Another IF Comp review, following my format for this comp. There is a cut, then any spoiler-free comments I have, and then spoiler space, and then more detailed feedback that assumes the reader has tried the game.
But first, we have some obligatory filler to try to make sure that the RSS summary does not accidentally contain any review. Filler, filler, la la la…
Okay. Here we go.
The implementation here is pretty sketchy, possibly because the author wasn’t really that interested in the physical setting as much as he was in making a bunch of satirical points about television and American politics (especially the present election). There isn’t a great deal to say about the implementation sketchiness (other than “test more!”), but I do have a few things to say about the political content.
What the content here suggests to me is a relatively young author. The cynicism is the cynicism of the young:
look the world is going to hell in a handbasket
things are worse than they have ever been before
can you believe the degeneracy of the present age
SOON WE WILL ALL BE GIANT SLUGS!
Of course, the world has been going to hell in a handbasket for as long as anyone can remember. Medieval writers are big with the news of coming apocalypse. Juvenal thought people of his day were the stupidest most venal most corrupt beings ever. Jewish prophets weren’t too pleased with their contemporaries. And yet, mysteriously, despite this lamented inexorable downward trend, I would much, much rather live in the present than in any previous era.
This isn’t to say that there’s nothing to dislike about the present day, or about the culture of reality television and game shows, or about modern US politics. But this presentation of the problems is so screamingly over the top that it’s neither funny nor especially telling. I am no fan of reality TV or mindless game shows, but neither do I think they’re bringing on the end of civilization. The presence of positive intellectual influences is more important than the absence of negative or neutral influences; I find it much easier to work up strong feelings about providing students with good teachers and good resources.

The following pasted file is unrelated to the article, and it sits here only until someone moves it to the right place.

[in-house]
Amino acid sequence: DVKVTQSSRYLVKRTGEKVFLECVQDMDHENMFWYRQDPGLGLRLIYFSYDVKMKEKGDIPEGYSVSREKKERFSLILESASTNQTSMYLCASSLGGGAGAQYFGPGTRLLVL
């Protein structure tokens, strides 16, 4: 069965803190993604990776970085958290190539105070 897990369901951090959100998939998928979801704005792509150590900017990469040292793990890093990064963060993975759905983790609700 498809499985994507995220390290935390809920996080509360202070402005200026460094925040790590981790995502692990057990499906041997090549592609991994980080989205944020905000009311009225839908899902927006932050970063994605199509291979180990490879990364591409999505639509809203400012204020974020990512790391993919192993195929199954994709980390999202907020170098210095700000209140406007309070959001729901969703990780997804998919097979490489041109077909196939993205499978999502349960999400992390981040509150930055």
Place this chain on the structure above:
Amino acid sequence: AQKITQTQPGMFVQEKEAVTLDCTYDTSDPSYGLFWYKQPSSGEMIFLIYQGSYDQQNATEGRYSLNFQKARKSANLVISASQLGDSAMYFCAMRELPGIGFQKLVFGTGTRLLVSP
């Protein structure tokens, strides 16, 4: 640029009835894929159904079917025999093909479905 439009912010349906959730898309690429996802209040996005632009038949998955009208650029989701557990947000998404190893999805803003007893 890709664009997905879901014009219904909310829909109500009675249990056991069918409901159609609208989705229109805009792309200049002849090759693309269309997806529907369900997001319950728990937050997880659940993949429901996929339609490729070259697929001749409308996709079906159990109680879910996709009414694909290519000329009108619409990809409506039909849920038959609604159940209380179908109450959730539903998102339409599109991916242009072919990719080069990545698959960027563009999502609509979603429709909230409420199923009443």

What’s more, the simplistic vilification of our political candidates is a cop-out. Yes, it’s true that American politics at the moment involves a great deal of spin, and a great deal of poll-testing of positions. It’s fair to wonder sometimes about whether a candidate’s stated positions have anything to do with his real opinions, or whether they’re synthesized purely for the campaign. It’s true that political advertising is often underhanded in its methods and that it involves obscene amounts of money, especially in a presidential election. It’s true that the media corporations are frighteningly powerful. And yet: if you’re a citizen of a democracy, and you take that position seriously, then you have a responsibility — to inform yourself as well as you can despite the flaws in the system; to make as good a judgment as you can; to vote; afterward, to try to hold your representatives accountable, whether you voted for them or not. That is hard work, and sometimes dispiriting, but it’s impossible to do at all if you’re preoccupied with rage at the process.
I felt that “Channel Surfing” was way too broad-brush even about the political positions I oppose, and I found it easy to dismiss the criticisms of the ones I do agree with.
So: if social and political satire is what you want to do in IF, great! The potential of interactive fiction as a persuasive medium is considerable, and currently underexplored. But your work will be more powerful if more carefully observed and more thoughtful about its message.
And it wouldn’t hurt to remember to make your chairs enterable, your metal cages openable, and your scenery objects extant.